• Reduce GHG emissions from agriculture

The authors highlight the need to tailor the approach to suit the needs of individual countries and ecosystems.

Several key themes can be identified within the 22-item menu:

  • Raise productivity via increased efficiency of natural resource use e.g. increasing crop yields through improved crop breeding.
Every hectare of global pasture, capable of and appropriate for sustainable intensification must be fully exploited and growth of output/productivity per hectare must increase. This is likely to be achieved primarily by farmers in developing countries adopting developed-world production techniques, leading to “efficiency gains”.
  • Manage rate of growth in demand by:
    • reducing food loss and waste at all points in the supply chain;
    • shifting the diets of high meat consumers towards more plant-based diets;
    • limiting the diversion of edible crops and land into bioenergy production; and
    • education and healthcare programmes aimed at reducing birth rates.
  • Link agricultural production with ecosystem protection via government measures – e.g. expressly link efforts to boost yields with legal measures to protect forests, savannas and peatlands from conversion to agriculture and to restore such habitats wherever possible.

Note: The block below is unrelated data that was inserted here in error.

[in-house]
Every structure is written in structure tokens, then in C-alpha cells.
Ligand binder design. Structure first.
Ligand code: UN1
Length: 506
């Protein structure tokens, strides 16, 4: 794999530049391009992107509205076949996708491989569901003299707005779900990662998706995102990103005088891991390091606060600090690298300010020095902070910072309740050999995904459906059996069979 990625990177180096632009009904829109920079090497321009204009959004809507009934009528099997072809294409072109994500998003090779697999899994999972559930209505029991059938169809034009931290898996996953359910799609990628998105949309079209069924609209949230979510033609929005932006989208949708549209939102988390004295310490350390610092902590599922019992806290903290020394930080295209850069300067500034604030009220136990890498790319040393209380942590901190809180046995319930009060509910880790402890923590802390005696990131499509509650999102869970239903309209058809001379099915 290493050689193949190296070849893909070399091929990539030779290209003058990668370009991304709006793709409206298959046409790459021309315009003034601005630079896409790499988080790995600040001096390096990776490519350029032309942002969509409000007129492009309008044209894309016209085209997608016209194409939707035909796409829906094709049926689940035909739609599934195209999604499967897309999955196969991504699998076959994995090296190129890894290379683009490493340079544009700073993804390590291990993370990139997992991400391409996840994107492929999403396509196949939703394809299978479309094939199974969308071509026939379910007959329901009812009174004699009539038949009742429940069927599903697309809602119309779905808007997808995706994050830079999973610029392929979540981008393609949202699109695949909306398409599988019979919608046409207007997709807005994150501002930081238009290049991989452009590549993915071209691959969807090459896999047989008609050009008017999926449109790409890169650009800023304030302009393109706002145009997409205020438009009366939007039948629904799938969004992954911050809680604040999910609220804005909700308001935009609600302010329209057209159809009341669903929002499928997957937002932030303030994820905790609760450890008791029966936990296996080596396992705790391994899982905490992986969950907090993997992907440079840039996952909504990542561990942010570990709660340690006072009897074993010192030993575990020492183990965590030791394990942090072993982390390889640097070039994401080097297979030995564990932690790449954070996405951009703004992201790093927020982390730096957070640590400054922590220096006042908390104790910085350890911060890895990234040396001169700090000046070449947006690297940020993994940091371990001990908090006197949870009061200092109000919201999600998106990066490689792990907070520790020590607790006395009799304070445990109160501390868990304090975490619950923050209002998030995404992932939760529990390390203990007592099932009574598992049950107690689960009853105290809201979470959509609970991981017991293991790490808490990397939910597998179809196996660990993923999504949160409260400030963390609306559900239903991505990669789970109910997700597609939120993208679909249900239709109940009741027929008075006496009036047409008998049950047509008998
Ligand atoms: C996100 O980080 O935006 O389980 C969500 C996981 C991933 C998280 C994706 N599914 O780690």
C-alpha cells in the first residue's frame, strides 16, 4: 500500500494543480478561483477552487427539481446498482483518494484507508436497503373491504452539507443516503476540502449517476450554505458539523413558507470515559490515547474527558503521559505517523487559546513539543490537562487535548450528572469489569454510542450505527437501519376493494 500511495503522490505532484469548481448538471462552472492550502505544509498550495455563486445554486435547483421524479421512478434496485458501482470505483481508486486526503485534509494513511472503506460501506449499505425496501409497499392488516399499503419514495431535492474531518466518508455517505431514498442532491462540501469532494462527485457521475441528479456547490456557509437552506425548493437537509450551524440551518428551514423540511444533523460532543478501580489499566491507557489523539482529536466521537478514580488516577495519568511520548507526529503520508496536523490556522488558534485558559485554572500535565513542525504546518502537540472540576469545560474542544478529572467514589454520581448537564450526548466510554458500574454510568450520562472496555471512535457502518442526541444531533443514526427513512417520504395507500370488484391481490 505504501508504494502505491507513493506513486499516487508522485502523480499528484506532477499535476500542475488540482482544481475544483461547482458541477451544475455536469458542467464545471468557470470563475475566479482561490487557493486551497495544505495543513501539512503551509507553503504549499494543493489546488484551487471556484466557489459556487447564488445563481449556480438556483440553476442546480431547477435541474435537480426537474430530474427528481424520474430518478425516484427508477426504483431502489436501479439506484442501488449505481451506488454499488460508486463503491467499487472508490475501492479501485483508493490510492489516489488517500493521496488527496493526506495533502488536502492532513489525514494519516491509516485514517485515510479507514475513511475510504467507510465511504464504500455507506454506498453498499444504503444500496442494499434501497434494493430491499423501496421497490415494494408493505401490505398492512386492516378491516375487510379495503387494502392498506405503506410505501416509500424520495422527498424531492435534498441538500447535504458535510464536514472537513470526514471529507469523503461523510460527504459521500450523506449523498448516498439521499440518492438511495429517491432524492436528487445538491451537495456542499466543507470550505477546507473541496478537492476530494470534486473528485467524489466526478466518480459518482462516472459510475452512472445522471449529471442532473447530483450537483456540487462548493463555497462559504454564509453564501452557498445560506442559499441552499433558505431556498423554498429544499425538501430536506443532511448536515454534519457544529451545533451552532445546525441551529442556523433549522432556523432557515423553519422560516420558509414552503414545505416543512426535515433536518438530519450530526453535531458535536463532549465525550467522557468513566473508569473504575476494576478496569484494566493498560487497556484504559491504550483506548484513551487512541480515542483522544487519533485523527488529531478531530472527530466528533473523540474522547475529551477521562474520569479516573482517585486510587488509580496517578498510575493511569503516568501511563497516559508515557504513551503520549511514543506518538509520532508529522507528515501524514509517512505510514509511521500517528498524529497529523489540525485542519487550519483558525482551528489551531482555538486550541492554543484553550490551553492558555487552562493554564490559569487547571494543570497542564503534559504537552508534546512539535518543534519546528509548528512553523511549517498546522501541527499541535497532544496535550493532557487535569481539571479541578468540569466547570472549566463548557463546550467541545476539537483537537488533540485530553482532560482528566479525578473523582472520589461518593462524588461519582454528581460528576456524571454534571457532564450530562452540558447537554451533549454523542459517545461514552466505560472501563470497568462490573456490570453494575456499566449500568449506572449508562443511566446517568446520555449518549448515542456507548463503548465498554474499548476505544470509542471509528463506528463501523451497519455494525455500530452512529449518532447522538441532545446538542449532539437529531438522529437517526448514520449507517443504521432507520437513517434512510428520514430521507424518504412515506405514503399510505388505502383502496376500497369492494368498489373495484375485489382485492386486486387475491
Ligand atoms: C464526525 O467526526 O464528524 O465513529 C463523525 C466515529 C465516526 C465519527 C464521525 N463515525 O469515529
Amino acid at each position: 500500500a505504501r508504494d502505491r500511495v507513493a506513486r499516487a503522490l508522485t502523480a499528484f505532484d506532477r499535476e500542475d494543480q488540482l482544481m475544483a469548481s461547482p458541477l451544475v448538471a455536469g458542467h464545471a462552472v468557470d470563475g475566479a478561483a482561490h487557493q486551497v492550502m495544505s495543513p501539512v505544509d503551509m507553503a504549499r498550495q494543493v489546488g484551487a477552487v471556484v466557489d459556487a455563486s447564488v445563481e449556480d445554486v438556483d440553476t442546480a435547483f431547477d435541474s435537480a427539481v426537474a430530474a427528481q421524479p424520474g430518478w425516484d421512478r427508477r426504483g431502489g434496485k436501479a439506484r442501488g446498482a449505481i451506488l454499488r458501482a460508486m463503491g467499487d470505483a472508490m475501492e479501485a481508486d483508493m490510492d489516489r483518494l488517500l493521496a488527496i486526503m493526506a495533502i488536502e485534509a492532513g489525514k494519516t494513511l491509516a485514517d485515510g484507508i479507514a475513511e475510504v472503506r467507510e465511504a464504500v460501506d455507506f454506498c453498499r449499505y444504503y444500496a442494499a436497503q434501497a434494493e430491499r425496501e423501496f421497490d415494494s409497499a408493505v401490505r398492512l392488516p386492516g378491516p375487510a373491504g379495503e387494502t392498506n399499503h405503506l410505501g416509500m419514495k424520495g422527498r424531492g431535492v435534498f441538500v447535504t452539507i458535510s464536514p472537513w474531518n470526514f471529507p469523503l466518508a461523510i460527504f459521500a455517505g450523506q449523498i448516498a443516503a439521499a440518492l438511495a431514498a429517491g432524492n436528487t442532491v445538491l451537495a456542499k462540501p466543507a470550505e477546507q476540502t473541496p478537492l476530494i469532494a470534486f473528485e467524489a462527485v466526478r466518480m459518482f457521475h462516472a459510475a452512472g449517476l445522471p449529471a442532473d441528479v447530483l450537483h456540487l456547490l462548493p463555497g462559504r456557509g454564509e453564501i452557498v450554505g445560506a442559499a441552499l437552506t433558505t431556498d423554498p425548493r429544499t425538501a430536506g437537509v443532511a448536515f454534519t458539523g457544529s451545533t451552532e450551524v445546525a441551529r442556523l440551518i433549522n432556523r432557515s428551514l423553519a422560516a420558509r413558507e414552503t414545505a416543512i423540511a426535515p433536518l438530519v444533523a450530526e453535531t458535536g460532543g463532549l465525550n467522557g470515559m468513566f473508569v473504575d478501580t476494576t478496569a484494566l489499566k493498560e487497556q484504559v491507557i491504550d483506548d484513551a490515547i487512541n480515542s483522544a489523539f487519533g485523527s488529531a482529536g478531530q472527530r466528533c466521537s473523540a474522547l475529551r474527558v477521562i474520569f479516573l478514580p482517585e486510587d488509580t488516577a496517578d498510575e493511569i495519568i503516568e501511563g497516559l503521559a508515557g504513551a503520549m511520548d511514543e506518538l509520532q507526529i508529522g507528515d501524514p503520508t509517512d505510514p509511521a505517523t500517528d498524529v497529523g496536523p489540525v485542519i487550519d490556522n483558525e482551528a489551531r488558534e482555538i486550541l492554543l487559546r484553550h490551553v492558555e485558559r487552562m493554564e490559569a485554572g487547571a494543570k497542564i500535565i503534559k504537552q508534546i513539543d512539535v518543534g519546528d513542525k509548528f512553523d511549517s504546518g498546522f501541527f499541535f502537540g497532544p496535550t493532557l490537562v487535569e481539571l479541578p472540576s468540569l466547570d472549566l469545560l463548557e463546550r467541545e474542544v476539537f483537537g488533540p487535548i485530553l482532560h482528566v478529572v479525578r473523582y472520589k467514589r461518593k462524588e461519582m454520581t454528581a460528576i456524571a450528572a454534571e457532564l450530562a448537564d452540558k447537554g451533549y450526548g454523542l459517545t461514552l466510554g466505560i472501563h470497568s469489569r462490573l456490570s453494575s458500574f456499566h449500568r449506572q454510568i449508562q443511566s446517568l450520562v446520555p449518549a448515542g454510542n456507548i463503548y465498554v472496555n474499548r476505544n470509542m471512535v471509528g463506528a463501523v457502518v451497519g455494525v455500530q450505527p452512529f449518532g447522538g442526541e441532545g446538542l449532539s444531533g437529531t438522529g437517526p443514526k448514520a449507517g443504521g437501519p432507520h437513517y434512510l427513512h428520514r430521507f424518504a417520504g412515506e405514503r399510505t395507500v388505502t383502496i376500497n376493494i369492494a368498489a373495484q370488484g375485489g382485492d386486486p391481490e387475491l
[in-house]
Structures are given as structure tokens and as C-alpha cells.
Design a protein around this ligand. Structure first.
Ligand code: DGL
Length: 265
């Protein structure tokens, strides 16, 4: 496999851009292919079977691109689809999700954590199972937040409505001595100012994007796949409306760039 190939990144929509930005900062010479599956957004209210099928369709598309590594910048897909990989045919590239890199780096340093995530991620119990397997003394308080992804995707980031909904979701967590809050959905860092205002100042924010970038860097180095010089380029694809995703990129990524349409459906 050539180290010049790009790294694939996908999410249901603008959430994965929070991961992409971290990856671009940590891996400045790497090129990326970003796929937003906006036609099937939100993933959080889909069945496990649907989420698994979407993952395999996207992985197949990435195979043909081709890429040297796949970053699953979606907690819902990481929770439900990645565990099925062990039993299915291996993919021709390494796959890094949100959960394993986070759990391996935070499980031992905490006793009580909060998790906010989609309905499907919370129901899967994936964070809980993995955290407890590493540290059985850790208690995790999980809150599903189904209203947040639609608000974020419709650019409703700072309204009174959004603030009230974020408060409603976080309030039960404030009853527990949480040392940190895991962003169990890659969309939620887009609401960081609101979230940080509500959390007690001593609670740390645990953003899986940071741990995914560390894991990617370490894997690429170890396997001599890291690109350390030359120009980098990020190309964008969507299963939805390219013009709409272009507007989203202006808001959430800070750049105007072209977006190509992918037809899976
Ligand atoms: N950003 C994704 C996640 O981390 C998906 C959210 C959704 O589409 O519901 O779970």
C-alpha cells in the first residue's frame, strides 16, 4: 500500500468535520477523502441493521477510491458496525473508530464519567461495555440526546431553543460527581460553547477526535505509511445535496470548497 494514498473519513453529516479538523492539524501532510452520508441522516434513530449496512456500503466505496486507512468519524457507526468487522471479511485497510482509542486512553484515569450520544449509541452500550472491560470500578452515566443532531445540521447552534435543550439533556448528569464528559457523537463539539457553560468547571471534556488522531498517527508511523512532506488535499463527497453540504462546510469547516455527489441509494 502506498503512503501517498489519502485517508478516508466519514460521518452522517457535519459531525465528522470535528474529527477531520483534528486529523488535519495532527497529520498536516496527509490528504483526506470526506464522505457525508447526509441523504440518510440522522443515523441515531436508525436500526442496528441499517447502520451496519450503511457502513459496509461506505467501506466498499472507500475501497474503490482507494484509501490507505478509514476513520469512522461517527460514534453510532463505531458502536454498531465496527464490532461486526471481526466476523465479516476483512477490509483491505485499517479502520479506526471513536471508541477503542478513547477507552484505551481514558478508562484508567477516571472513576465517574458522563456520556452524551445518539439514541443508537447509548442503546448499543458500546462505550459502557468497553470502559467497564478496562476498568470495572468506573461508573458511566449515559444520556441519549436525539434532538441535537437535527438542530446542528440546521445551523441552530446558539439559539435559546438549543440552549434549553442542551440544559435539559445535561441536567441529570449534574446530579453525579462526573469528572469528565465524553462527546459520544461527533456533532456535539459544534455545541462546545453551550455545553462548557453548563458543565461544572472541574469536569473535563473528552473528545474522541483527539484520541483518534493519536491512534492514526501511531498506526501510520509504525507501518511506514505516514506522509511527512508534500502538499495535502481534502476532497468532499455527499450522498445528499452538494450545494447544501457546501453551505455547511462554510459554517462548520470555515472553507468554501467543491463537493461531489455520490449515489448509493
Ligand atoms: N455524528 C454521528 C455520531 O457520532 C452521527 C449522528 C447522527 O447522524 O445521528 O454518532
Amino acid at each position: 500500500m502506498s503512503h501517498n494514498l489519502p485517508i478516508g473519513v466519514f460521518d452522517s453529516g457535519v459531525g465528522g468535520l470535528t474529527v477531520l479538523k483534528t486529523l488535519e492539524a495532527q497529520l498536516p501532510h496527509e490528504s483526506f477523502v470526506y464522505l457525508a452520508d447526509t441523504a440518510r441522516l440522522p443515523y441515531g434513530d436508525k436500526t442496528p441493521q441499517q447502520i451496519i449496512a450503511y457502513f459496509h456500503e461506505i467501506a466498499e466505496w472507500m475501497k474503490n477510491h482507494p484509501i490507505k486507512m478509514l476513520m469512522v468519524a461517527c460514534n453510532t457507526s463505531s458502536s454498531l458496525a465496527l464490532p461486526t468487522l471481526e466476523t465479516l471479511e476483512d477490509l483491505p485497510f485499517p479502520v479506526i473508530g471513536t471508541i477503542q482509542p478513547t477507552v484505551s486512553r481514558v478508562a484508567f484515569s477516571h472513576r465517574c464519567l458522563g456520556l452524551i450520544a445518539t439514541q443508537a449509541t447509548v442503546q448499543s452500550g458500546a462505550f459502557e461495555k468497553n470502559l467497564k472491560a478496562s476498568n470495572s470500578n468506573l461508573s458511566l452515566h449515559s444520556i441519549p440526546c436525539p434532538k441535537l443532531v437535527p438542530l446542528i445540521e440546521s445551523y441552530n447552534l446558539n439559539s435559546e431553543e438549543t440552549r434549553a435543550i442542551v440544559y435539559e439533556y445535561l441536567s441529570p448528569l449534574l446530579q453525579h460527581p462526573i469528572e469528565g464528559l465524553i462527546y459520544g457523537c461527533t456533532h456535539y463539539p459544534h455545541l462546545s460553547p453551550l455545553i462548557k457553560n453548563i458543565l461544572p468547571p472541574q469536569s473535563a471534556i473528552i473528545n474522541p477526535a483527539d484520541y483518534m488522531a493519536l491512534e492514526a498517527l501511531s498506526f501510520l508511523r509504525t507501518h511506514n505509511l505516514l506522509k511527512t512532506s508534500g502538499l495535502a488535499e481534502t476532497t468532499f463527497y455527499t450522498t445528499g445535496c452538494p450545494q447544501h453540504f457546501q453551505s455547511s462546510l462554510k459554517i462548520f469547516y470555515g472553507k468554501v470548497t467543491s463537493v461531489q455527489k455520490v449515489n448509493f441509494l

The authors conclude that it makes little sense to remove land from food production, if it is efficient or could become so. Reforestation and restoration should focus on land with better restoration potential than food production potential i.e. on unproductive or marginal agricultural land. However, their reforestation target (at least 585 ha) also requires significant progress with slowing food demand and increasing productivity, if enough land is to be ‘liberated’ for reforesting.

  • Moderate ruminant meat consumption – the report concludes that by 2050, the 20% of the world population who would be high ruminant meat consumers, must reduce their 2010 level of consumption by 40%.

The authors’ view is that this change presents the most promising strategy of various models of diet shifts for potential positive impact on land use and GHG emissions.